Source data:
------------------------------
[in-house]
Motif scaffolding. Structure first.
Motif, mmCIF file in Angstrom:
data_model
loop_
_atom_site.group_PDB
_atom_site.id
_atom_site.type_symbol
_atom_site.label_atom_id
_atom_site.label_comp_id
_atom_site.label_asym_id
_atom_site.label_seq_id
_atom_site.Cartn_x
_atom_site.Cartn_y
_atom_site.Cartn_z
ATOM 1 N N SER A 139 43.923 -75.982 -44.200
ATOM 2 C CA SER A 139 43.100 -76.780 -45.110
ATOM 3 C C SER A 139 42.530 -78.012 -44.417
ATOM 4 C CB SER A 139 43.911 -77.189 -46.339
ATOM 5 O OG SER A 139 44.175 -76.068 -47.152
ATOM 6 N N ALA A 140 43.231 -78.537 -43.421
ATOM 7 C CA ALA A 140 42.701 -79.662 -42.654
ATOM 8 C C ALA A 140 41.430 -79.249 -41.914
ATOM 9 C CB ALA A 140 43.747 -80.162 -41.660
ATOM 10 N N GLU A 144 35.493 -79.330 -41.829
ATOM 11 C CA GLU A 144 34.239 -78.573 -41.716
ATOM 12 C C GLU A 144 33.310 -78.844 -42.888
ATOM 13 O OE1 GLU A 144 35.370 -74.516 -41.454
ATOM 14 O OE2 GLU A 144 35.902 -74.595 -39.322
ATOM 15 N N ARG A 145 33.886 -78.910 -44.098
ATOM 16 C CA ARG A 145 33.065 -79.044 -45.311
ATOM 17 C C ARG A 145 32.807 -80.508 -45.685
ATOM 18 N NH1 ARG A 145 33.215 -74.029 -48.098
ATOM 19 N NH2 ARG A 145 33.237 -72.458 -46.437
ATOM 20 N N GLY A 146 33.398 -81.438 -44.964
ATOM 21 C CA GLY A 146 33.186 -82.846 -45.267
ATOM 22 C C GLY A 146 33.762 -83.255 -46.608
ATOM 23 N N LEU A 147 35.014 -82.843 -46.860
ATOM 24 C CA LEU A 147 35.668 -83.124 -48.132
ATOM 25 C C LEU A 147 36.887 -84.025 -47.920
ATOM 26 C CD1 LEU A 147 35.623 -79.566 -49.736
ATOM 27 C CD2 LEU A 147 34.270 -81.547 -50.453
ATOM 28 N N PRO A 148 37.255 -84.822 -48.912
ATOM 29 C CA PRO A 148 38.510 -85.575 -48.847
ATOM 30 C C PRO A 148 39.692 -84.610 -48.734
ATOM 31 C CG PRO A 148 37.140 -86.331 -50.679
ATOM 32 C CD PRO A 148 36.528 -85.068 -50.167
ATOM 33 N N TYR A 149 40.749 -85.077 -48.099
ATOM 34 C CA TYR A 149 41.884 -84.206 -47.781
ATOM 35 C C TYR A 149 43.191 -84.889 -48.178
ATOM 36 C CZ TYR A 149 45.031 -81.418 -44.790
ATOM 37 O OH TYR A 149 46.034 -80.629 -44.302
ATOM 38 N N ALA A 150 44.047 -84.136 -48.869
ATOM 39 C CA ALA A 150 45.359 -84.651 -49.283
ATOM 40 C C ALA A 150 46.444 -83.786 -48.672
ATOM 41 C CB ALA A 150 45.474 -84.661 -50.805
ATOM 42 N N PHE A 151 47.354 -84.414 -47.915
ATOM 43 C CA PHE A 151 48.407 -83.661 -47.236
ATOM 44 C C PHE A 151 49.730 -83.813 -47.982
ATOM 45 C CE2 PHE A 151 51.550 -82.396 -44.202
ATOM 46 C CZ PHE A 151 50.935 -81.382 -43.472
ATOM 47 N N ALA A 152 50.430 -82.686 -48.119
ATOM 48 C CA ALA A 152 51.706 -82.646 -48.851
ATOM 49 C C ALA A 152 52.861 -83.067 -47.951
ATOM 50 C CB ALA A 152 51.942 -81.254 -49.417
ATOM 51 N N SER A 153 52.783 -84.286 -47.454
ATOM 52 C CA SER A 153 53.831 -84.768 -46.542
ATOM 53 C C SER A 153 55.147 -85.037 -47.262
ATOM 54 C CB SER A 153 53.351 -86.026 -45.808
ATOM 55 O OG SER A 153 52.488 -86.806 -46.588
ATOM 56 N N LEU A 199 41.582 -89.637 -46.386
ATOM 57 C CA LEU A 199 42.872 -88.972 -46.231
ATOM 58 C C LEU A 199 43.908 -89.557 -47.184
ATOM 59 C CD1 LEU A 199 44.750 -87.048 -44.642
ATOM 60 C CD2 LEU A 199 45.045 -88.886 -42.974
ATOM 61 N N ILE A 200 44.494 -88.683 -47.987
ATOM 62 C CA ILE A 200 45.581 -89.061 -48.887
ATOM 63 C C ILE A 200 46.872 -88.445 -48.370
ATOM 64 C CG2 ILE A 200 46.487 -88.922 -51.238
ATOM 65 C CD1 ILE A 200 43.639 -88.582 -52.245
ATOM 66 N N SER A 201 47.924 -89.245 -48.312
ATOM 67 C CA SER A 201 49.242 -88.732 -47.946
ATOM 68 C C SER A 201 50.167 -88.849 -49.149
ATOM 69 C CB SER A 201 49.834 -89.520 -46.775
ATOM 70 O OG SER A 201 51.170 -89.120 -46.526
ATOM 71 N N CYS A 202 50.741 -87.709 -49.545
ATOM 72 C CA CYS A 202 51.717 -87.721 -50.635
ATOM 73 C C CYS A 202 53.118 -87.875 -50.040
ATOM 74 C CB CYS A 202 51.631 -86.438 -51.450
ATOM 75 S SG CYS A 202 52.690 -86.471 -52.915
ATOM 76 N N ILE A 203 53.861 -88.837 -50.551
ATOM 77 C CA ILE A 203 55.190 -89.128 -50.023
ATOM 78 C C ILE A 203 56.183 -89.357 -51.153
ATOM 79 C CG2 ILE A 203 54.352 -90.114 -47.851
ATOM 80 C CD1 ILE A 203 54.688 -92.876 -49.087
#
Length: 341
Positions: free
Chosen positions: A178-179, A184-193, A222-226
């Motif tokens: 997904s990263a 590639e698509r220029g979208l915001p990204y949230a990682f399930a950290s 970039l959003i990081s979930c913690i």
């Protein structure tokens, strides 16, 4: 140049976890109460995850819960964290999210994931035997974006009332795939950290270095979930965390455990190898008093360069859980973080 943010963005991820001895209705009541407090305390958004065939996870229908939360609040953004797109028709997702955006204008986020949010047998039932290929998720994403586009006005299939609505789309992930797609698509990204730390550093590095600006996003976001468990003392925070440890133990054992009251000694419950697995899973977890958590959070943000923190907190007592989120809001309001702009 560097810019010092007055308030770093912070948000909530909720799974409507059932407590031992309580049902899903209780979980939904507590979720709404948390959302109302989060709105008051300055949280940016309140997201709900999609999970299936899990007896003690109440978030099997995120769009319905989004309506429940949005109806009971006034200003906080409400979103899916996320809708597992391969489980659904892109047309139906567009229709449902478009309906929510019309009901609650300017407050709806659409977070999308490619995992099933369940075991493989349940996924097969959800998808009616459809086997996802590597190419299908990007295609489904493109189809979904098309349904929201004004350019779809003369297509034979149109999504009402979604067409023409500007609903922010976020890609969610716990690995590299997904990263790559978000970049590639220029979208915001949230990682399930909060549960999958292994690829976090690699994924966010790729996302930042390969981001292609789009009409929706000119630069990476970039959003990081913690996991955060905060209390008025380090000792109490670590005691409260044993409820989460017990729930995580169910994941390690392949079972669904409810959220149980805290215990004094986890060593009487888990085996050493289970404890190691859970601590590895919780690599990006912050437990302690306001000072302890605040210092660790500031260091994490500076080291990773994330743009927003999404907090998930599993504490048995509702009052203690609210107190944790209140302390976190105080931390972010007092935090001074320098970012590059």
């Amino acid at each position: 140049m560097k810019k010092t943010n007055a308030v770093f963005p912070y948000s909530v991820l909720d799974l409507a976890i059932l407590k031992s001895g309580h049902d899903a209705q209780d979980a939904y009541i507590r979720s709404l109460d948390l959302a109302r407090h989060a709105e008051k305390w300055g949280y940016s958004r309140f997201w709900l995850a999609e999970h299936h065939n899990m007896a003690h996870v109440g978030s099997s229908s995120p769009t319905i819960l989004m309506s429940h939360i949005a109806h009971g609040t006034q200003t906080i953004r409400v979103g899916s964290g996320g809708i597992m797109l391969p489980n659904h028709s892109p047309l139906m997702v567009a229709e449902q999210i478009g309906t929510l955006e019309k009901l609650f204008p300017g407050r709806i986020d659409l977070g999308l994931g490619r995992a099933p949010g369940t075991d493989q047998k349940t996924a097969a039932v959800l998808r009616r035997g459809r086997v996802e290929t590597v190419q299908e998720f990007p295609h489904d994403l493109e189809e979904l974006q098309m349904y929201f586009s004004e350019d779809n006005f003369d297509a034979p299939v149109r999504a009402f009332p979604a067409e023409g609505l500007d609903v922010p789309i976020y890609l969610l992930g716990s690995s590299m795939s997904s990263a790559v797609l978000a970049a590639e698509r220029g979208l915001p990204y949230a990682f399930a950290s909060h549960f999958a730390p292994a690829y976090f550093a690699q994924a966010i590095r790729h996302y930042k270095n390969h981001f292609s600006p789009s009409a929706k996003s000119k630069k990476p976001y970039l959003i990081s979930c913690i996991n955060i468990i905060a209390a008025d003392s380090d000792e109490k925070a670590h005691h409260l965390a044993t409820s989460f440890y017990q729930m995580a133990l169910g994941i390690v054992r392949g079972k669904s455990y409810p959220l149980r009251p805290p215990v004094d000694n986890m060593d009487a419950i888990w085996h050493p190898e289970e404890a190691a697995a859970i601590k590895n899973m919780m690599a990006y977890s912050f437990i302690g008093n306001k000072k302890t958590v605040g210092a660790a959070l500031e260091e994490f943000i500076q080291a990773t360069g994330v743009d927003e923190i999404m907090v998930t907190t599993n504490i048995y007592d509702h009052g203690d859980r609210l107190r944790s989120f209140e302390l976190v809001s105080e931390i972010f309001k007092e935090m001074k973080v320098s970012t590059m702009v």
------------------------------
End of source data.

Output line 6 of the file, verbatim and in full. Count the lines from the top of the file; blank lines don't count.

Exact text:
_atom_site.group_PDB